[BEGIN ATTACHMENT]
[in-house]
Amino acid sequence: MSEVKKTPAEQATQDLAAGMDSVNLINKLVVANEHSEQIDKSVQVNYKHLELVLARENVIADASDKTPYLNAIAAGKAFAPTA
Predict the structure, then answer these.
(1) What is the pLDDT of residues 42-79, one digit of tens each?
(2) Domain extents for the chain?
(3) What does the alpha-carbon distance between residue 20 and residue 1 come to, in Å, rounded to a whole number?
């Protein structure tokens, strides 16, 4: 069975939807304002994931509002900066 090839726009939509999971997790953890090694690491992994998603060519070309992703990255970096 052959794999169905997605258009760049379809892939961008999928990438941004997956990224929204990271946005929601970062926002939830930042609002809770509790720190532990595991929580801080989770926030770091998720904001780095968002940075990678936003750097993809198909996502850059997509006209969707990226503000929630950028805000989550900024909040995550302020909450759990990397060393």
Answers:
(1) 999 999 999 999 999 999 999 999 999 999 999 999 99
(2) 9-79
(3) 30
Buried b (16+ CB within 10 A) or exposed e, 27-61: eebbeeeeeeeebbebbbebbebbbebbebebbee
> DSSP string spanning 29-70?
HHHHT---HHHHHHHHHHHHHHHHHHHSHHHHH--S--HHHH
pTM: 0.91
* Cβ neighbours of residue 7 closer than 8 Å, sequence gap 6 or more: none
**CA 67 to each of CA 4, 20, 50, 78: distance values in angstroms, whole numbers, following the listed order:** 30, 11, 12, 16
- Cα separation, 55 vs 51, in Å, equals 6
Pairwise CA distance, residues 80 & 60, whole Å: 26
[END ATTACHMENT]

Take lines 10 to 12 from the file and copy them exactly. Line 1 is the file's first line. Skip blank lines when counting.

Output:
(2) 9-79
(3) 30
Buried b (16+ CB within 10 A) or exposed e, 27-61: eebbeeeeeeeebbebbbebbebbbebbebebbee